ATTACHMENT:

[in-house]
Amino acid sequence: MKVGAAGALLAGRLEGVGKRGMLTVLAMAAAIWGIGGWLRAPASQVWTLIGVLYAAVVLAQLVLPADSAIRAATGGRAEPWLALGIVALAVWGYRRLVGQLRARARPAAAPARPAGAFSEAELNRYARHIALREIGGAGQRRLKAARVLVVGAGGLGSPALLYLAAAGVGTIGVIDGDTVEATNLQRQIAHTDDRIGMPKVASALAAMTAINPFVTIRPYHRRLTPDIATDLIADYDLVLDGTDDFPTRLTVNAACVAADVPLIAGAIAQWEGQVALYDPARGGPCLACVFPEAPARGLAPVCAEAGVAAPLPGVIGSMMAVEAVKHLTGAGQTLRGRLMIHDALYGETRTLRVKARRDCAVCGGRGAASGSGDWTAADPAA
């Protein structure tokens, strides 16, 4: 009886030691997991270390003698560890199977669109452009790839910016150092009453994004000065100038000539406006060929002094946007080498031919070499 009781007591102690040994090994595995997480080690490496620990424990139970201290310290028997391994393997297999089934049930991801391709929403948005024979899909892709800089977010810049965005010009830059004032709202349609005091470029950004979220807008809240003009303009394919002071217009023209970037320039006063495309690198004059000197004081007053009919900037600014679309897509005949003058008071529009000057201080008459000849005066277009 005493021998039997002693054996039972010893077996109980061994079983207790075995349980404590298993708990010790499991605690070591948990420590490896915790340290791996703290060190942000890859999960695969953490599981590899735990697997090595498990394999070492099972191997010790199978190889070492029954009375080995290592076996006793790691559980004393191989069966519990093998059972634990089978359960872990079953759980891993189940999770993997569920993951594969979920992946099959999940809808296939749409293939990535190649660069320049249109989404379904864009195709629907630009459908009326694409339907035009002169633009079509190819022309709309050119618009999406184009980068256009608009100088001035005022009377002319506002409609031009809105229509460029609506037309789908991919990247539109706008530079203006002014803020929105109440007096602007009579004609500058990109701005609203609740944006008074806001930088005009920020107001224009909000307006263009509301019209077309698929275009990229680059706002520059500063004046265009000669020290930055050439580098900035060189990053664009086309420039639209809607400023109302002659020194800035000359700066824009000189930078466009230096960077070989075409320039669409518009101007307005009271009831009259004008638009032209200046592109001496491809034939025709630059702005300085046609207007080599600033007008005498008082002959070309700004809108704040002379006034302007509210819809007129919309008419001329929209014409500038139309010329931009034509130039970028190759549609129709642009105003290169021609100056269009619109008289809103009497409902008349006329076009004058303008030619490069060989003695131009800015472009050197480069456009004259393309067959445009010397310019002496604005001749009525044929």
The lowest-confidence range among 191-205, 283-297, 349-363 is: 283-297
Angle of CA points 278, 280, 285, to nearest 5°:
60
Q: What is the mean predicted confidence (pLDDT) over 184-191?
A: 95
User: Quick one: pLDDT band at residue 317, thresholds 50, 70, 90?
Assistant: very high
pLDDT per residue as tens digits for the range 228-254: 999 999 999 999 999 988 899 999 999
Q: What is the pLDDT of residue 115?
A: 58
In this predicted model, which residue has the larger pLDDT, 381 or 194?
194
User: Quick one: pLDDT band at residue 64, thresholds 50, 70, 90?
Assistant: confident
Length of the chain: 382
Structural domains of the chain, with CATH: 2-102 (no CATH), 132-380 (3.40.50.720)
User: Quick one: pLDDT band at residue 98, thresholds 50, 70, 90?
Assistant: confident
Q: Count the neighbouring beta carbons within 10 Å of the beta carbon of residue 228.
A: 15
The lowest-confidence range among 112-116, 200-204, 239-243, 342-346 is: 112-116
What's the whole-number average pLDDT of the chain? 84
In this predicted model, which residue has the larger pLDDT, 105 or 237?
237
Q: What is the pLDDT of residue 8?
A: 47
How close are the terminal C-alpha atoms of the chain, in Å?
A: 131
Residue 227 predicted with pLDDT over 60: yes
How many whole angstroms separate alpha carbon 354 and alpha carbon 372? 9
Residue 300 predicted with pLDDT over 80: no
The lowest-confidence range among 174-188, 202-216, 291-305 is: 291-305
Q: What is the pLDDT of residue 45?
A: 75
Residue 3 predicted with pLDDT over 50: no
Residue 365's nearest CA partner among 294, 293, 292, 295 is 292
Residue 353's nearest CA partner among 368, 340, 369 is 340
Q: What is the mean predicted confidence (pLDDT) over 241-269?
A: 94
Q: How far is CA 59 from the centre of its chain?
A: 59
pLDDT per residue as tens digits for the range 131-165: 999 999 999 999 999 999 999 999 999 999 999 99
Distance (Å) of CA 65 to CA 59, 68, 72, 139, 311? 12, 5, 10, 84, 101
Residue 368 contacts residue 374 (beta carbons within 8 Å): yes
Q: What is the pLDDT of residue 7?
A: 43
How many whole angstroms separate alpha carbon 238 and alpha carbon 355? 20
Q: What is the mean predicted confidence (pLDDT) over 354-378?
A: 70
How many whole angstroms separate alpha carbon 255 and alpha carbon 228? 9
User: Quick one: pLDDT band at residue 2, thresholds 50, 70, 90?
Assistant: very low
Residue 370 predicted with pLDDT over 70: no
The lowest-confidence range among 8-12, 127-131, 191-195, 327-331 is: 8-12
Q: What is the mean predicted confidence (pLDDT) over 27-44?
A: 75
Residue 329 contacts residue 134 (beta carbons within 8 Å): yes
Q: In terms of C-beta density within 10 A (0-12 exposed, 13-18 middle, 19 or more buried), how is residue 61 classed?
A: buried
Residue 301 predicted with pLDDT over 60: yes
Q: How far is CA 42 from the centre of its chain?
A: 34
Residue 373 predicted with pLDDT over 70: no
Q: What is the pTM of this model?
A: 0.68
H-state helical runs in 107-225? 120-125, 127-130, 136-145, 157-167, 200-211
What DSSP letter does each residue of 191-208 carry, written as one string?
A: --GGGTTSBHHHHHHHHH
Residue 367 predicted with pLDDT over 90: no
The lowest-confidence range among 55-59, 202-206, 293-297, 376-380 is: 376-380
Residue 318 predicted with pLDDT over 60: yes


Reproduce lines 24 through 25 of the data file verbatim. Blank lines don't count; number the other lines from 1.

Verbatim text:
The lowest-confidence range among 112-116, 200-204, 239-243, 342-346 is: 112-116
What's the whole-number average pLDDT of the chain? 84